PORTLAND, Ore. — The whirlwind that is the NBA offseason descends upon Las Vegas for a couple weeks in July every summer. This year is no different. While there are now summer leagues that play in Orlando and Utah as well, the Las Vegas Summer League is the main attraction.

This season there are 24 teams represented in Vegas, as well as seven of the Top 10 picks from the June draft.

Portland is one of those 24 teams in the desert, and Blazer fans are getting their first look at Zach Collins and Caleb Swanigan. There was a ton of anticipation, and through three games, there have been mixed responses to their play.


If you are an NBA player at summer league, best to stay off social media. The overreaction squad has been out in full force.

It's understandable. Fans want to see their teams’ players succeed. They want to carry on that hope that most teams feel when they bring in rookies. Fan bases want to rally around the “future”.

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At the same time, fans tend to forget that this is summer league, the NBA’s version of a rec league. There are guys on the court that will never see an NBA regular season, guys that will make a decent living overseas, and guys that will be school teachers in September. The level of competition is not great, and the level of basketball is borderline professional.

With that said, there are certainly things to be taken away from the small sample size of basketball we have seen played in Vegas.

Here are two reactions ... and two overreactions.

Reaction No. 1: Pat Connaughton and Jake Layman have not helped their case for a roster spot

Heading into Summer League, the Blazers only had four guys on the squad that are likely to be on the roster come training camp (Collins, Swanigan, Connaughton and Layman). Collins and Swanigan are both signed to four-year contracts, two of which are fully guaranteed and the other two years are team options. Layman was a second-round draft pick, but his contract is guaranteed for two more seasons. Connaughton has a non-guaranteed contract.

Portland general manager Neil Olshey cherishes having an open roster spot and the flexibility that it affords in midseason trades and roster moves. That leaves Connaughton as the most likely candidate to be cut loose. Connaughton’s contract becomes guaranteed on July 25, which makes Summer League even more important for the former second-round draft pick.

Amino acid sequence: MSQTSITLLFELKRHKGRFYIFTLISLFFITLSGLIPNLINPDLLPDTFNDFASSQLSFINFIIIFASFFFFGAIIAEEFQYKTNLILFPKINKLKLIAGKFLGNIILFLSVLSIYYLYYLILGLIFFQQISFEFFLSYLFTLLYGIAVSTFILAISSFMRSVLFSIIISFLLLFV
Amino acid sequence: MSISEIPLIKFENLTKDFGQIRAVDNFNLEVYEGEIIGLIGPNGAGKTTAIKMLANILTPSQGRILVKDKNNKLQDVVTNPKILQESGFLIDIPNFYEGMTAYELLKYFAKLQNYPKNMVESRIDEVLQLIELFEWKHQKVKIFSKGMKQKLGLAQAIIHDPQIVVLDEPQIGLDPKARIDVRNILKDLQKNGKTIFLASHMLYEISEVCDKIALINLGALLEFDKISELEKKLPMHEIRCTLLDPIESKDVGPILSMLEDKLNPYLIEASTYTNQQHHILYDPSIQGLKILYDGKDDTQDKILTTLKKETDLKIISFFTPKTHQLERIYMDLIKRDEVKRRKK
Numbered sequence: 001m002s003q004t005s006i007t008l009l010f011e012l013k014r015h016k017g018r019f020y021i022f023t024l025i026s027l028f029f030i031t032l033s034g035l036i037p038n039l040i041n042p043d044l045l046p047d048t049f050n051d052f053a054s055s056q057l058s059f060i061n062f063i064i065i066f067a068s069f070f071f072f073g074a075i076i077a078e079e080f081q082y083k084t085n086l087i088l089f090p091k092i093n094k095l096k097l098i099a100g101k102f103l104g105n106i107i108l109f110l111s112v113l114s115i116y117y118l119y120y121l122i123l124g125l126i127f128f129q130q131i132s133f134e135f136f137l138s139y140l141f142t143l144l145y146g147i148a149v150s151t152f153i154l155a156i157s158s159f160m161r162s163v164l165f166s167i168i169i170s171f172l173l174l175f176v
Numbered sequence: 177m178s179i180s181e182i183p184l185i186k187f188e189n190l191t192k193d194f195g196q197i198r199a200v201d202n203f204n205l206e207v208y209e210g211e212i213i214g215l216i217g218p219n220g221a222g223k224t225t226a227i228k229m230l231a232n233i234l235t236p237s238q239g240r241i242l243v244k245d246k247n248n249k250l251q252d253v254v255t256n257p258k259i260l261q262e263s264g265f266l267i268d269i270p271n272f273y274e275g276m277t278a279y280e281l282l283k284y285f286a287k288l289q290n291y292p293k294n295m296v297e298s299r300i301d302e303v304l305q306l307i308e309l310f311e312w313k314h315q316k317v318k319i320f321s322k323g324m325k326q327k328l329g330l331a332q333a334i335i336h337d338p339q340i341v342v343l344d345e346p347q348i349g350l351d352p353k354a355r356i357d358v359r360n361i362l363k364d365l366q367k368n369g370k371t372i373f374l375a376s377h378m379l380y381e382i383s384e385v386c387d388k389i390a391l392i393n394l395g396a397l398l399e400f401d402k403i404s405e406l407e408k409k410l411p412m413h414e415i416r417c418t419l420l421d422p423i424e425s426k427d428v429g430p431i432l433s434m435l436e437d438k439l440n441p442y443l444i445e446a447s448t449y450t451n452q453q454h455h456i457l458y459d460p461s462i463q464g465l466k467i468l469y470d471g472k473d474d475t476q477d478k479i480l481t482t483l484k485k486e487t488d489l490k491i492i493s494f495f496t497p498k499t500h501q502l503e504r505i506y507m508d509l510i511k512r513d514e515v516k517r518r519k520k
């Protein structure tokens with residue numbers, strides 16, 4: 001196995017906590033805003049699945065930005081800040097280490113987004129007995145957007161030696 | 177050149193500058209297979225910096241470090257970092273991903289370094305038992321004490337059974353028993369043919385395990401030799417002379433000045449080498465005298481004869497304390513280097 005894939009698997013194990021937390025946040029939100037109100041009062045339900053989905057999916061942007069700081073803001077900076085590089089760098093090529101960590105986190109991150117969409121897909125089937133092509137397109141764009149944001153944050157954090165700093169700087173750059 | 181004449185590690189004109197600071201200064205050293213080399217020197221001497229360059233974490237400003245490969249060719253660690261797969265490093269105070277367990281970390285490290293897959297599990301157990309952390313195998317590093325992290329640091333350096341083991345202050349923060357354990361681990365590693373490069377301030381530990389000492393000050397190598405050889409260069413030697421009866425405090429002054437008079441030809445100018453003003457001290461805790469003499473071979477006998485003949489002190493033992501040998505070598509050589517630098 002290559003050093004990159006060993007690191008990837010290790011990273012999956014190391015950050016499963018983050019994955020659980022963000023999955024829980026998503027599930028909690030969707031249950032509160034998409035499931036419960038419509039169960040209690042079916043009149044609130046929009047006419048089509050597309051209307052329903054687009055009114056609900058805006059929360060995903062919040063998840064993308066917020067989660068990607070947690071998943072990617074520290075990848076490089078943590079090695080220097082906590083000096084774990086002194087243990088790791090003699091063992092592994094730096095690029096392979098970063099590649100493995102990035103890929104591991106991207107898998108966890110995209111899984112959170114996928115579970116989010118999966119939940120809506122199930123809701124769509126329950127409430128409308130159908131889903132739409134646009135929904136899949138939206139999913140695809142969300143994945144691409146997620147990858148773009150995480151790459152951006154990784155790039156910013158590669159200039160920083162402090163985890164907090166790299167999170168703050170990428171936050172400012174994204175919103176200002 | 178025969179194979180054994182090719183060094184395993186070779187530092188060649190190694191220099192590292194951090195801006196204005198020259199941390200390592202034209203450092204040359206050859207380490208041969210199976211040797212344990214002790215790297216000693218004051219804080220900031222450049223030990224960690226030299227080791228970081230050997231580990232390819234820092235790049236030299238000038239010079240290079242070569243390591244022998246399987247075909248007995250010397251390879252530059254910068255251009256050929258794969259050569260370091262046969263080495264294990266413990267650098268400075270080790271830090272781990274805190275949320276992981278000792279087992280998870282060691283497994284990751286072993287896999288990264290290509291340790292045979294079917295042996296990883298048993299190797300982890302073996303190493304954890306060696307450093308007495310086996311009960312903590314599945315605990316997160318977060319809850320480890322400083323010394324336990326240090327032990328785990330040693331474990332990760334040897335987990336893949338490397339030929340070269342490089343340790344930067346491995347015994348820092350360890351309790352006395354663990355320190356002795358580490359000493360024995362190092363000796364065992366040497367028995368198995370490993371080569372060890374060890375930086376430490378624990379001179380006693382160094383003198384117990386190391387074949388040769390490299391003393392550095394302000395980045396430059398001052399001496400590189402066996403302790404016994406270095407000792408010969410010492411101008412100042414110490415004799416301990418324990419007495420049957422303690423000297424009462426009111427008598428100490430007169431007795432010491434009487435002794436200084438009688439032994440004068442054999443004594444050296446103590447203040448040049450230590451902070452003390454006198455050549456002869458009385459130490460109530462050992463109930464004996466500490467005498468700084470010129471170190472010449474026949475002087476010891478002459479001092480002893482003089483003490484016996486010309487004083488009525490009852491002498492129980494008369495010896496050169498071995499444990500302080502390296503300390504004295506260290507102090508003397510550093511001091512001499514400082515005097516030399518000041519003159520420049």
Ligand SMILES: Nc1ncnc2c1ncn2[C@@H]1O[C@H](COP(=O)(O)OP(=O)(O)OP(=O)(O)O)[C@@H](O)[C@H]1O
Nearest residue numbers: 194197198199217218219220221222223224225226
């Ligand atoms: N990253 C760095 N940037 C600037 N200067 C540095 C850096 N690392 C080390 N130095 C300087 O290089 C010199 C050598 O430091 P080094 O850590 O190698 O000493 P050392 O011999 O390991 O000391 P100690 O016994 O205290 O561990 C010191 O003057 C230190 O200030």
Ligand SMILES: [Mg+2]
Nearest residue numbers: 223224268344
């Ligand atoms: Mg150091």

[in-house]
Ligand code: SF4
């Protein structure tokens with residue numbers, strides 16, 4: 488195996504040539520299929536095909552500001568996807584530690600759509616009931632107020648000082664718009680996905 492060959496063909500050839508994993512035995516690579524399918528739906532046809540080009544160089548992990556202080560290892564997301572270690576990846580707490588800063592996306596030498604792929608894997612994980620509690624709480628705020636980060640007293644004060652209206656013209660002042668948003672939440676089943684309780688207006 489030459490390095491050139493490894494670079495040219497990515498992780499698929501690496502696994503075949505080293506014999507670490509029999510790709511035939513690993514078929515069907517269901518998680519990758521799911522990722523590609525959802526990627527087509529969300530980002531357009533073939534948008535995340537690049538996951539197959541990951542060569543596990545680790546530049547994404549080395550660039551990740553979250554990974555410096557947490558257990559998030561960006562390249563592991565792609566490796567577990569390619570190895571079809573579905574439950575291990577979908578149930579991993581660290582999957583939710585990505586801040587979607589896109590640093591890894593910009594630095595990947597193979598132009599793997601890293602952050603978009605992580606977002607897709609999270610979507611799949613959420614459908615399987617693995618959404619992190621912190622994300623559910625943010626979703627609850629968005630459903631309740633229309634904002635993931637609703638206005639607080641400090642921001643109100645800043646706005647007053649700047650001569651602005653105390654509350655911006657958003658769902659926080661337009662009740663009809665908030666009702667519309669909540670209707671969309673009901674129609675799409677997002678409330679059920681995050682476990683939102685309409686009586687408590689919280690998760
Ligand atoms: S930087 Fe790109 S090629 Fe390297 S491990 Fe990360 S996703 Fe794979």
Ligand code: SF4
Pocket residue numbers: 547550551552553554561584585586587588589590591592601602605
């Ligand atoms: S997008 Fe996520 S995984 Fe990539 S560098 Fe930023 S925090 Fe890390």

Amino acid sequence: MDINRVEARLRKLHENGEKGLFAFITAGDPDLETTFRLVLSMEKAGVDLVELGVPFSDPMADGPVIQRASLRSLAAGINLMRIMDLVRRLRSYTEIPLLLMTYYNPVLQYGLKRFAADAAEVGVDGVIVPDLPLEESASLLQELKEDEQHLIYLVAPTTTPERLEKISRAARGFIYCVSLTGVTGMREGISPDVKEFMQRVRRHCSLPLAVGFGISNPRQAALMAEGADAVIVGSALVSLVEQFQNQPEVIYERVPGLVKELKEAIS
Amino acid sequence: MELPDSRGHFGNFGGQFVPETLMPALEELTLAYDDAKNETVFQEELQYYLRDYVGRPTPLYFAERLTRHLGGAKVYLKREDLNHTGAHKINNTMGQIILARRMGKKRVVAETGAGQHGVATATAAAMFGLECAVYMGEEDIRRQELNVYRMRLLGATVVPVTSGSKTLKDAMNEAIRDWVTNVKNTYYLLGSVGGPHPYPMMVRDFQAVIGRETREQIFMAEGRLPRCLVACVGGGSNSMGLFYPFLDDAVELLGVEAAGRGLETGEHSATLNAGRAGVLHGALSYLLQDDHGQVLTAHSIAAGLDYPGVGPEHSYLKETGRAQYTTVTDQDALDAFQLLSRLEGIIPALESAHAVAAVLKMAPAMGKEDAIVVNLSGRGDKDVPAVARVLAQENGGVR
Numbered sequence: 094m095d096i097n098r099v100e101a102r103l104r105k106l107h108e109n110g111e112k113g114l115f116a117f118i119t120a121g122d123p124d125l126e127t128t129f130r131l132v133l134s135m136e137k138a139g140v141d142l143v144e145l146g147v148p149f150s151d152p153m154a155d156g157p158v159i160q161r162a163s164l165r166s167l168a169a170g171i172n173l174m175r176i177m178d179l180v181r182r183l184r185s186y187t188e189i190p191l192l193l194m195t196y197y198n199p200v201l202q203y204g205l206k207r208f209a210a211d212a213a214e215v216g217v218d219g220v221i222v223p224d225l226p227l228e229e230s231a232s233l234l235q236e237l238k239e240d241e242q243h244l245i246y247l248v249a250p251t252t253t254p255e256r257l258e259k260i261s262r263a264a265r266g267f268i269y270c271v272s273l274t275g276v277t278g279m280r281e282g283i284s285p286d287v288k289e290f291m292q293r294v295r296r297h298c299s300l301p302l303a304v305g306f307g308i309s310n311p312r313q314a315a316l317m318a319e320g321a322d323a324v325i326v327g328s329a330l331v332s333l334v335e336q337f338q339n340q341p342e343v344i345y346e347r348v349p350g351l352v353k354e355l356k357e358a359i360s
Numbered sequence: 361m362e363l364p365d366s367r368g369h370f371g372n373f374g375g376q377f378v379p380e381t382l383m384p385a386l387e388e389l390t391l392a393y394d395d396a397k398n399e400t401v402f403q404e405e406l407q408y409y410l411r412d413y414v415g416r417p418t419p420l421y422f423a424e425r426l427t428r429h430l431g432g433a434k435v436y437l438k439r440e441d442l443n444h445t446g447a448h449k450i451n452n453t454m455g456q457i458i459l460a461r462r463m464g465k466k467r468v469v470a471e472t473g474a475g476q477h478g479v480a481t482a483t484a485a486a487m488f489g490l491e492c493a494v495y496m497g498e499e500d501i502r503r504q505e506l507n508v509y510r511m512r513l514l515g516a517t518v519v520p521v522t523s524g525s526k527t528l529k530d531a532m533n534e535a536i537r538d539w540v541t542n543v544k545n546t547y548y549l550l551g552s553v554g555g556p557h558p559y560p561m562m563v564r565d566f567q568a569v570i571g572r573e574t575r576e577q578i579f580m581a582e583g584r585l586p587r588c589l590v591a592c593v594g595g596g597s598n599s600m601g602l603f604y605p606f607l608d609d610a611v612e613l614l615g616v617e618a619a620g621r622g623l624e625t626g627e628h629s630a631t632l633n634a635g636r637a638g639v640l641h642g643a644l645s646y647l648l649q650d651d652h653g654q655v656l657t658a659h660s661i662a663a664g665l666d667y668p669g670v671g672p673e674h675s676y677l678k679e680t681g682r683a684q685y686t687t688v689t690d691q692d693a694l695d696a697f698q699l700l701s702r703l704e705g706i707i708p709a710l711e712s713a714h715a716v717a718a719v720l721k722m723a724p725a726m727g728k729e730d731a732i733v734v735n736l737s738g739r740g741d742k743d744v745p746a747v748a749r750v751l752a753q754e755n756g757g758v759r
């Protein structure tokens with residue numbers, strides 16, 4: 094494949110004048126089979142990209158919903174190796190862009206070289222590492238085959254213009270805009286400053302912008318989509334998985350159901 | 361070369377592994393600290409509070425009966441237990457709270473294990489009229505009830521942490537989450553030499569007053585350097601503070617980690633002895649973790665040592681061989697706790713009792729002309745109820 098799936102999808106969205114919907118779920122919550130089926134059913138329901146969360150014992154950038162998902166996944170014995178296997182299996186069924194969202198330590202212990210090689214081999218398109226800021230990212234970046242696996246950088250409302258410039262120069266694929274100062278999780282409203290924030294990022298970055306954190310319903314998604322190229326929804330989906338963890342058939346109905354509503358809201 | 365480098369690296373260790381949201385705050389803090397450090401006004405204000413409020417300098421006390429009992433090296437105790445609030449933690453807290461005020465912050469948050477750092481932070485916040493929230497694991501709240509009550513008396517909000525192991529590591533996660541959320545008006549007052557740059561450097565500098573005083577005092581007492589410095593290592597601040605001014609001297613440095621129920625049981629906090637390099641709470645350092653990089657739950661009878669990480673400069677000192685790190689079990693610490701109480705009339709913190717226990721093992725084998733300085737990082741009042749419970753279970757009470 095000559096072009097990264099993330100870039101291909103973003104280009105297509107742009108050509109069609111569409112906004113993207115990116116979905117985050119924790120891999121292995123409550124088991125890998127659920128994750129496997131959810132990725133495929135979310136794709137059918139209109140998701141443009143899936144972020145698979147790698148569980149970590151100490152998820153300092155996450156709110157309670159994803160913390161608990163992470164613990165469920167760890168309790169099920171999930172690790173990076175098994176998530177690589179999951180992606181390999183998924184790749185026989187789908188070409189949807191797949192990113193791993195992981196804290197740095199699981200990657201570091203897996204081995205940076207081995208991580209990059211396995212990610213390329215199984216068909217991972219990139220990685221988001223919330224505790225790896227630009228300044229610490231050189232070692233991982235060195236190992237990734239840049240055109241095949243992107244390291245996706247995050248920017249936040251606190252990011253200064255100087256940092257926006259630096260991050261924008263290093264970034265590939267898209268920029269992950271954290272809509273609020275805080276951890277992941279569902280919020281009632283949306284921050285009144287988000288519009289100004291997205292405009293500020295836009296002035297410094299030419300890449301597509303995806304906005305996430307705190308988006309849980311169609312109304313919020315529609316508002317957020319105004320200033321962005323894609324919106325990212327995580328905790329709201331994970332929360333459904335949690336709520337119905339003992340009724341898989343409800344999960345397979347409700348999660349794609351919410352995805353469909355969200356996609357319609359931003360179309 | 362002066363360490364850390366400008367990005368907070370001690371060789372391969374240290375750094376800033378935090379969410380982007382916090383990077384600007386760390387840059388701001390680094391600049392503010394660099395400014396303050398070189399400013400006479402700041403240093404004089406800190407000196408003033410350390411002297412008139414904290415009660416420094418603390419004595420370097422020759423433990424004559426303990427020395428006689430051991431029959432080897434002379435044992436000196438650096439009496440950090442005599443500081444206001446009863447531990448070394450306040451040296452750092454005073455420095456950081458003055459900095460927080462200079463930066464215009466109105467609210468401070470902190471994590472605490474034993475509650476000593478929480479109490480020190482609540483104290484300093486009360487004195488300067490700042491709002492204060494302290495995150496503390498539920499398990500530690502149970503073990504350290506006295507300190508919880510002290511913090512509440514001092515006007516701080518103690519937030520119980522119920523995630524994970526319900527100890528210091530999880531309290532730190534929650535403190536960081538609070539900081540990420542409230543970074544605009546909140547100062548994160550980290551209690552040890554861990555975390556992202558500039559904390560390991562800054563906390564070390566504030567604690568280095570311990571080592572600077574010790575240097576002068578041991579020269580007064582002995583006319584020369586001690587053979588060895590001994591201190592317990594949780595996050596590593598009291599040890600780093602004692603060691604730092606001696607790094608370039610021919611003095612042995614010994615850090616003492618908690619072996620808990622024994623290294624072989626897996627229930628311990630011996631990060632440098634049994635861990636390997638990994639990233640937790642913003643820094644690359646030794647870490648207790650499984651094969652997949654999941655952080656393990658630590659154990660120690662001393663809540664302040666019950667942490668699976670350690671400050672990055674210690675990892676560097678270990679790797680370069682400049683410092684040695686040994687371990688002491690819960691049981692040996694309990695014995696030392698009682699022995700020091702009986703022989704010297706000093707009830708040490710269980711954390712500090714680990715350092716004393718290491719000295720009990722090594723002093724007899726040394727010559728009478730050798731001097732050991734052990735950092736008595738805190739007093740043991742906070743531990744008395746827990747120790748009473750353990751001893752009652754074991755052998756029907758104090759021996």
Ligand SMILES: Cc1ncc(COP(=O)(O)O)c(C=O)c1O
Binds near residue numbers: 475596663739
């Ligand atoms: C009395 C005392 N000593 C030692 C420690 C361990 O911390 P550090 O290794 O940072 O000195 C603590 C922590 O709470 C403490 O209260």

Through three games, Connaughton is averaging about six points, three rebounds, three assists and shooting 36 percent from the field.

Those numbers aren’t going to solidify his spot on the Blazers, let alone in the NBA. Connaughton has a great fall back with the Baltimore Orioles if he wants to head back to baseball, where he has the tools to be a dominant pitcher.

Basketball is a numbers game and right now the numbers aren’t in Connaughton’s favor.

Reaction No. 2: Caleb Swanigan looks like a steal at No. 26 in the first round

Oregon Sports News senior writer Bryant Knox wrote a great piece a couple of days ago on Swanigan and how he could potentially be the steal of the draft.

RELATED: Can Blazers' Swanigan become the steal of this year's draft?

Swanigan is going to be a fan favorite in Portland. He is Ed Davis with a more complete offensive game. He is Noah Vonleh with a 3-pointer and higher motor. He is a young version of Zach Randolph. Swanigan has had a lot of comparisons attached to him the past week and they are not all that far-fetched.

Biggie, as Swanigan is affectionately referred to, has been great. If the Blazers make any kind of noise in the tournament that starts Wednesday, Swanigan will be in consideration for some awards in the next week.

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His hustle and grit are what separate him. When Swanigan is on the court, 50-50 balls are no longer 50-50. He is the definition of the often-overused term “high motor."

His stats through three games are great. He has averaged 15.7 points and 11 rebounds in 30 minutes per game, and is shooting 42 percent from the field and 93 percent from the free-throw line.

Those are incredible numbers that have some fans imagining Swanigan starting at the power forward spot next to Jusuf Nurkic to start the upcoming season.